Hockey fans from around the world are expected to come to the World Junior Championship later this month in Buffalo.
But surprisingly, one group is coming in fewer numbers – the Canadians.
Canadians bought 60 percent of the tickets when Buffalo hosted the 2010-11 World Juniors. This tournament, Canadians account for 35 percent of ticket sales with one week to go.
Some 10,000 ticket packages for all the games were sold in 2010-11.
"Now, we have about one-third of that number sold," said Michael Gilbert, Buffalo Sabres senior vice president and HarborCenter general manager.
The 11-day tournament involving 10 international hockey teams opens in Buffalo on Dec. 26 and ends Jan. 5.
A ticket package for all 31 games sells for $1,550.
"We're disappointed with the advance ticket sales," Gilbert said.
Gilbert said he is encouraged by a spike in sales over the past week.
"We are hoping the trending continues upward," he said.
The games will feature the top players under age 20 from North America and Europe. The Sabres will host games at KeyBank Center and the adjacent HarborCenter. One game – billed as "United States versus Canada" – will be played at New Era Field at 3 p.m. Dec. 29.
Groupon currently offers $65 face-value tickets for $35 for the New Era Field game.
The drop-off in Canadian ticket sales could be because the games were held in Southern Ontario two of the last three years. Ticket prices were higher at those tournaments than the Buffalo games, Gilbert said.
The low exchange rate for the Canadian dollar could also be a factor. That wasn't as much of a factor seven years ago.
More availability of individual game tickets on secondary ticket markets is another change from when Buffalo last hosted the World Junior Championship. That has undercut the appeal of the 31-game ticket package, which guarantees a chance to see all of the most in-demand games, Gilbert said.
Whatever the reasons, the Sabres and the IIHF are trying to compensate by adding individual tickets earlier than before and two additional ticket packages priced at $1,265 and $690, respectively.
The event is expected to be a boon to downtown hotels and restaurants, with thousands of room reservations at a time of the year when business is typically slow.
All 10 teams from the United States, Canada, Belarus, the Czech Republic, Denmark, Finland, Russia, Slovakia, Sweden and Switzerland will stay at downtown hotels.
In addition to the teams, others who will stay at hotels include referees, tournament officials, family members and out-of-town fans.
"We're hearing from other hotels that they're happy," said Patrick Kaler, president and CEO of Visit Buffalo Niagara. "It's not meeting all their expectations, but this would typically be a slow period of time, and they are thrilled with the business they are getting at this point."
Kaler said the 8,300 room nights booked for the teams alone represents a $7 million regional impact.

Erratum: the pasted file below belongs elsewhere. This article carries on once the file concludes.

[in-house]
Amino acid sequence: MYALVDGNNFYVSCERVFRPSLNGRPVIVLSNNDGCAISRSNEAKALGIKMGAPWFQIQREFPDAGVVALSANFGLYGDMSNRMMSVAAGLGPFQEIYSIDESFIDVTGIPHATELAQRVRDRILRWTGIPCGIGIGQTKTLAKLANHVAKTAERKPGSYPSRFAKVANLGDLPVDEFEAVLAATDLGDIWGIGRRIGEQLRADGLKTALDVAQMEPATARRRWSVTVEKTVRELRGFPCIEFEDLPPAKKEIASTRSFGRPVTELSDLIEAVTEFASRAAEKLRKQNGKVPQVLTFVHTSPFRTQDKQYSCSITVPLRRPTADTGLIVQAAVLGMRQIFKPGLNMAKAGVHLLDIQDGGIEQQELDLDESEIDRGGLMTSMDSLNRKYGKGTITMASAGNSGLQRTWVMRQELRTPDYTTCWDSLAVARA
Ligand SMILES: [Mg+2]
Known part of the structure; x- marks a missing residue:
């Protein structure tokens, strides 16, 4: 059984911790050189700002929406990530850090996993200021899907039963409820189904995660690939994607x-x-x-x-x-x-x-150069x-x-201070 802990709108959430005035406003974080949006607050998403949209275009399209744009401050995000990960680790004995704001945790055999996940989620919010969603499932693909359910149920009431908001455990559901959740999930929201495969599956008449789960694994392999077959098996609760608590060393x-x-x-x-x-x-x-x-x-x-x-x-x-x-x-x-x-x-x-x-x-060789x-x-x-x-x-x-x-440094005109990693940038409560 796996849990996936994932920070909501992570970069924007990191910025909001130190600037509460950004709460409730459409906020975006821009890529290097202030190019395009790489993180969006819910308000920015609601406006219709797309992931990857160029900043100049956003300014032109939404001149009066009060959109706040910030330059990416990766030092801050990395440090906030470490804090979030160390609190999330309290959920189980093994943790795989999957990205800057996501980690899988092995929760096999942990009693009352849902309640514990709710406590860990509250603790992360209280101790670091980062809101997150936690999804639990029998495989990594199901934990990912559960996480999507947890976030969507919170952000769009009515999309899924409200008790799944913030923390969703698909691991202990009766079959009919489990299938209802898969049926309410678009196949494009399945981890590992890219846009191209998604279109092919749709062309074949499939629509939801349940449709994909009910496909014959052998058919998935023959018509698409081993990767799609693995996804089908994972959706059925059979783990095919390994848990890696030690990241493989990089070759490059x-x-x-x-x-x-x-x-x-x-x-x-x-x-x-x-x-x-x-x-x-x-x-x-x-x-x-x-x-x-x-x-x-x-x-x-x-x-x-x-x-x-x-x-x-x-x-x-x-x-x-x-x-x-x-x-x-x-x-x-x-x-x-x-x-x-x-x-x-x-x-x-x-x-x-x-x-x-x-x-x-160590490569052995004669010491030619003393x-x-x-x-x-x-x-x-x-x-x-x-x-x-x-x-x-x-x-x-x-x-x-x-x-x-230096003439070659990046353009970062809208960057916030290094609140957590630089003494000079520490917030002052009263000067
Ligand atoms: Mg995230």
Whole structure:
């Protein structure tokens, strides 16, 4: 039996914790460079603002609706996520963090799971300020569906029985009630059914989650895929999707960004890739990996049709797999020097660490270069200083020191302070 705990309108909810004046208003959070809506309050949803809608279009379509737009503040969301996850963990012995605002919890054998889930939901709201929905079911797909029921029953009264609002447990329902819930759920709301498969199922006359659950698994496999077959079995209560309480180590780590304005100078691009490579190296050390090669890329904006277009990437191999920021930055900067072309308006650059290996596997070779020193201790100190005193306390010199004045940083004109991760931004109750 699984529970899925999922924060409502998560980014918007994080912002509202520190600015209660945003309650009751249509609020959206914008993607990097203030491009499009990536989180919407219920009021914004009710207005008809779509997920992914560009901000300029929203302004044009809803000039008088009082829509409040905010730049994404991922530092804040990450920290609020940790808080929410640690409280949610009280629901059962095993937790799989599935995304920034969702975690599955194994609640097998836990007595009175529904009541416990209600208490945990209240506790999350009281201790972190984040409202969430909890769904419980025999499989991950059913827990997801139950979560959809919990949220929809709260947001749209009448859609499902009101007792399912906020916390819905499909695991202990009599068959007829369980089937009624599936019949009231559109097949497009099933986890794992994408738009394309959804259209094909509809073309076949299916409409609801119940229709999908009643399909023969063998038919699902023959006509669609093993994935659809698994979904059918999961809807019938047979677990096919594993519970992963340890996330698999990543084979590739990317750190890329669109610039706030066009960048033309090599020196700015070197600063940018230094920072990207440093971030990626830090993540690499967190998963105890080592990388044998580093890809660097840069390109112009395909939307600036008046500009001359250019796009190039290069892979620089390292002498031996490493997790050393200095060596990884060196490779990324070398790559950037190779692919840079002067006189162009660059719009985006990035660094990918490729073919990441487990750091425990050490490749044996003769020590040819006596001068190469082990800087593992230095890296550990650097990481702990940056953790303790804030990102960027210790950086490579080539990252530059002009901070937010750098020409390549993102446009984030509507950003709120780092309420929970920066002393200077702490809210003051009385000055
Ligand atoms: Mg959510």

"The World Juniors are fantastic, and selling out," said Wendy Clubine of Buffalo Lodging Associates, whose holdings include the downtown Hampton Inn and Suites, Courtyard by Marriott at Canalside, Hampton Inn Buffalo Airport and Courtyard Buffalo Airport.
"They are even affecting our airport hotels. I could not be happier, and the game at New Era Field is selling out the hotels like wildfire," Clubine said. "This will also have an impact on all the restaurants sometimes for as much as a week before they come in."
Mark Croce, who owns the new Curtiss Hotel, said he hasn't seen many reservations for the World Junior Championship games.
"This was touted as a big deal, and we expected it to have an impact," Croce said. "We thought we would see a lot of movement, and we have not. There has not been the strong push everyone told us to anticipate."
Croce said he was hopeful there would be a last-minute push, but he also recognized visitors might be looking for less-expensive places to stay rather than a high-end hotel.
The World Juniors will also capitalize on the growth of the nearby waterfront, with public skating at the Ice at Canalside and other events.
Championship Village will open at 3 p.m. Friday.
The "Snowzilla" snow ramp – 40 feet high and 70 feet long – will offer free public sledding.
A glass-enclosed pavilion, 51 feet by 131 feet, will offer protection from cold and snow and include a bar and stage for live events.
Teams will move into their locker rooms Sunday, with the first team practice sessions starting at 9 a.m. Christmas Day. The first game – between the Czech Republic and Russia at KeyBank Center – will begin at noon Dec. 26. The opening ceremony will begin at 8 p.m. that night. The gold medal game will be played Jan. 5.
Seven games will be played at HarborCenter, with 23 games at KeyBank Center and the U.S.-Canada game at New Era Field.
Additionally, some teams will play pre-tournament exhibition games in several areas, including Jamestown; Erie, Pa.; and Niagara Falls, Ont.
TSN in Canada will broadcast all 31 games as part of its comprehensive World Juniors coverage.
"We're still optimistic that things are going to pick up in the next 10 days," Gilbert said. "This area always comes together. We think it's a great event for the city, and hopefully the weather will cooperate and we'll have a wonderful event."